Peoria County, Illinois  Genealogy Trails

 

 

Peoria County Landmarks, Buildings, Parks & Streets

History of Streets and Area Names

Contributed by: Steve Slaughter

 

 

LAURA AVE
Honored the daughter of Lydia Moss Bradley, benefactor of Bradley University and the source of names for 2 other avenues: MOSS Ave and BRADLEY Ave.

TOBIAS St.
Named after Lydia Moss Bradley's husband, Tobias, but was renamed SOUTH MAPLEWOOD Ave. for some unknown reason.

MONSON,SANFORD,FISHER,GOODWIN and SHIPPER
A group of Boston speculators, named East-West streets on their property in numerical order ( First thru Seventh Aves) and left their names on the rest.

VORIS and LAVIELLE
Named after city developers plus that of their wives, MARY and CAROLINE, left their mark on the city map.

Charles Ballance, Peoria County surveyor who laid out the Ballance Addition {part of his estate} in 1834, named his streets after trees: WALNUT, CHESTNUT, OAK, ELM, LOCUST, PERSIMMON, PECAN, CEDAR and LINDEN.

FREDONIA AVE
The residence of a family named Howard from Fredonia, New York. They started a watch factory in Peoria.

FRINK ST.
Named after Frink & Walker, a stage coach line West of Peoria.

NEW ST.
Named by John Wickman who said he would give land for the street to the city..... if he was allowed to name it! The city agreed and Wickman had his claim to fame in the records of the City of Peoria.

GOOSE LAKE
Designates the area formerly covered by a part time lake of that name along the foot of the bluff between Western Ave and Main St.

BARTONVILLE was dubbed DOG TOWN in the mid 1800's when it was a miner's settlement which had a heavey population of dogs. Once Barttonville became repectable, Dog Town shifted to indicate the river bank colony at the foot of Morgan Street.

DUBLIN was the the district near Irving School. CAREY"S PATCH was in Averyville on North Adams St. . Both were styled from the predominance of Irish Residents.

DUTCH HILL
Was far out on Starr St.

PLEASANT VALLEY
Was in the hollow on Farmington Rd., just outside Peoria City Limits in 1944.

LONGSHORE PARK
Is on the upper river just past Peoria Heights.

TONTI
Was a "whistle stop" on the Rock Island Railroad near Tonti and was renowned as a notorious roadhouse.

SYLVAN PARK
Once a popular amusement place and ball field. It was above Perry Ave. near Lavielle.

LAKE VIEW PARK
Where auto and horse races were formerly run became a cirus grounds and later a factory site.

COWTOWN
Was a section near Glen Oak Park where a number of daires once stood.

SAND HILL
Was on the far South side in the lower part of the 8th Ward.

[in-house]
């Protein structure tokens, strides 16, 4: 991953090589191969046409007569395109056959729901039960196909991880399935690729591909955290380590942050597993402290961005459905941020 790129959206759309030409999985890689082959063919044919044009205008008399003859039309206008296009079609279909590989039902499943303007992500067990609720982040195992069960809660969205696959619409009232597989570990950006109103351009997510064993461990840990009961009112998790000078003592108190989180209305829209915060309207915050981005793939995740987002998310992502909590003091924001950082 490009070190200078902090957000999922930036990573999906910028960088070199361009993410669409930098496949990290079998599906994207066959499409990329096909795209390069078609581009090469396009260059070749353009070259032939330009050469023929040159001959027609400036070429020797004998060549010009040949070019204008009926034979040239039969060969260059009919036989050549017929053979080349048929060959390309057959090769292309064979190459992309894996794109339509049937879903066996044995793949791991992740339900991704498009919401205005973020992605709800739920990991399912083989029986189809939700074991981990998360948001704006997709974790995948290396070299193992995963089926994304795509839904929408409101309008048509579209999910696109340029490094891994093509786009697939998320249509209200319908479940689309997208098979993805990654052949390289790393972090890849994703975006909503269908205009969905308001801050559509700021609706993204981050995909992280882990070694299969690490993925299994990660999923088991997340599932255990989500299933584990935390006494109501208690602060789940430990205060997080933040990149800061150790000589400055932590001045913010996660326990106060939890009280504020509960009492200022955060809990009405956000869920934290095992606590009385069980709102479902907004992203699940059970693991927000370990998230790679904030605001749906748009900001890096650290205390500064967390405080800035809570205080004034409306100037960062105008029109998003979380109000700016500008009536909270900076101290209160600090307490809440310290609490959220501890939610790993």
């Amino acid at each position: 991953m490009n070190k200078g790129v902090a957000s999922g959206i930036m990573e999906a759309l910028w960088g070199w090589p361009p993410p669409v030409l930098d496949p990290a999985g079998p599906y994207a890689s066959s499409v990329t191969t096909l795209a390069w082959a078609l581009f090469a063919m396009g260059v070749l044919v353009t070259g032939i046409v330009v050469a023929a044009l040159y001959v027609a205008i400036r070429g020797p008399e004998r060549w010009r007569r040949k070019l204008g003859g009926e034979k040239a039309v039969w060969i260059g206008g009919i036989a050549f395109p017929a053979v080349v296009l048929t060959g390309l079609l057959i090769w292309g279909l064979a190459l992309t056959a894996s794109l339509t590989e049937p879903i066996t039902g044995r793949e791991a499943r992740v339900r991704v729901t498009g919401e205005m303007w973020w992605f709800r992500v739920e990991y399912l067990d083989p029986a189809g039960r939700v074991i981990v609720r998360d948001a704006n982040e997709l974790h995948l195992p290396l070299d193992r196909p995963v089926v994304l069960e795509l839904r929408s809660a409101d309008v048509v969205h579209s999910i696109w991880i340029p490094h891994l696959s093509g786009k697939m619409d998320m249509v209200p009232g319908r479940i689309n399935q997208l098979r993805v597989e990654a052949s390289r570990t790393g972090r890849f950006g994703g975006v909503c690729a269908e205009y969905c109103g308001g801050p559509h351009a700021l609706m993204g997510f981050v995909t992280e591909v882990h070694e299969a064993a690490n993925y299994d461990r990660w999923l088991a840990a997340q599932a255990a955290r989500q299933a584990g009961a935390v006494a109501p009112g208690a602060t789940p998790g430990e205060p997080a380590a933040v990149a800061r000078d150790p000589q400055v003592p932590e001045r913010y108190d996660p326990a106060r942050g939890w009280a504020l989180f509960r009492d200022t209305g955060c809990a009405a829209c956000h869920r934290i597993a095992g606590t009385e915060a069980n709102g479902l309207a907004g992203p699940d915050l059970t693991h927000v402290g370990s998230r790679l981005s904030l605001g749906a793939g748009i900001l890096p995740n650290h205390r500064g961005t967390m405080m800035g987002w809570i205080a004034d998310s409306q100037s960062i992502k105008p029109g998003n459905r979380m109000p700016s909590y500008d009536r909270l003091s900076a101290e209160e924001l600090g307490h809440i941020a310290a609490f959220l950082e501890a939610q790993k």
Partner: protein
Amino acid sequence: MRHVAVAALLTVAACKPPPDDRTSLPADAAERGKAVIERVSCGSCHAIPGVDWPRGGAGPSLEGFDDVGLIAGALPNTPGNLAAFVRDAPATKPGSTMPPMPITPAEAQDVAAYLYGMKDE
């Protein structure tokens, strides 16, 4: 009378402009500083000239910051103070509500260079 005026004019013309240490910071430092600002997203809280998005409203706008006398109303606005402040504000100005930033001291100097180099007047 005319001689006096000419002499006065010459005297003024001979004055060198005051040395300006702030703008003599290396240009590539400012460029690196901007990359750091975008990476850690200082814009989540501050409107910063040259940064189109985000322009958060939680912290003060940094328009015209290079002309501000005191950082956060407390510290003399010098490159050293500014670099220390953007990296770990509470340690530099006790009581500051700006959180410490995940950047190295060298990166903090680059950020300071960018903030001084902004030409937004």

JACKSON"S CORNERS
The early name for the settlement at KNOXVILLE and MCCLURE Aves.. It was named for the blacksmith shop and general store operated by a Mr. Jackson.

MECHANICSVILLE
Was a section to the West of what is now Sheridan Ave. (Formerly ELIZABETH ST.) and North of Richmond Ave where a group of mechanics first bulit their small homes.

CINDER POINT
Was at the foot of Stranger St.

FLATBOAT City
Was a part of Cinder Point.

SLOPTOWN
The distillery district at the foot of South St. was symbolized by a home- owner lugging a bucket of disterillery slop to his hogs.

NO MAN'S LAND
Was an unclaimed strip of land between the City of Peoria and South Peoria. It was known as a legally safe haven for law-breakers fleeing from the police of either city/village.

BLUMTOWN
Was named after "old Man" Blum, a nestor of lower Bond St. .

TURTLE ISLAND
Was at the foot of Caroline St. before it was dregged.

PLUM POINT
Is the current Water Works Point.

CENTRAL PARK
Was used to house the sulfur ponds(currently City Link Bus Station) and beer gardens.

GYPSIE HILL
Was the Northeast corner of Wisconsin Ave. and Glen Oak Ave.

HAMILTON
William S. Hamilton came to Peoria in 1826 and was the youngest son of Alexander Hamilton, the financier of the Revolutionary War and slain by Aaron Burr in a duel. Young Hamilton came up the Mississippi River to the Illinois RIver and landed in Peoria. As an expert civil engineer, he drew up and presented a plat of a survey of a section [approx. 160 acres]. This plat laid out 16 blocks and its principle street still bears his name.

WATER ST.
Named because it fronted the Illinois River.

PERRY AVE.
Named after Commodore Perry who won a naval victory on Lake Erie in the War of 1812.

 

 

 

 

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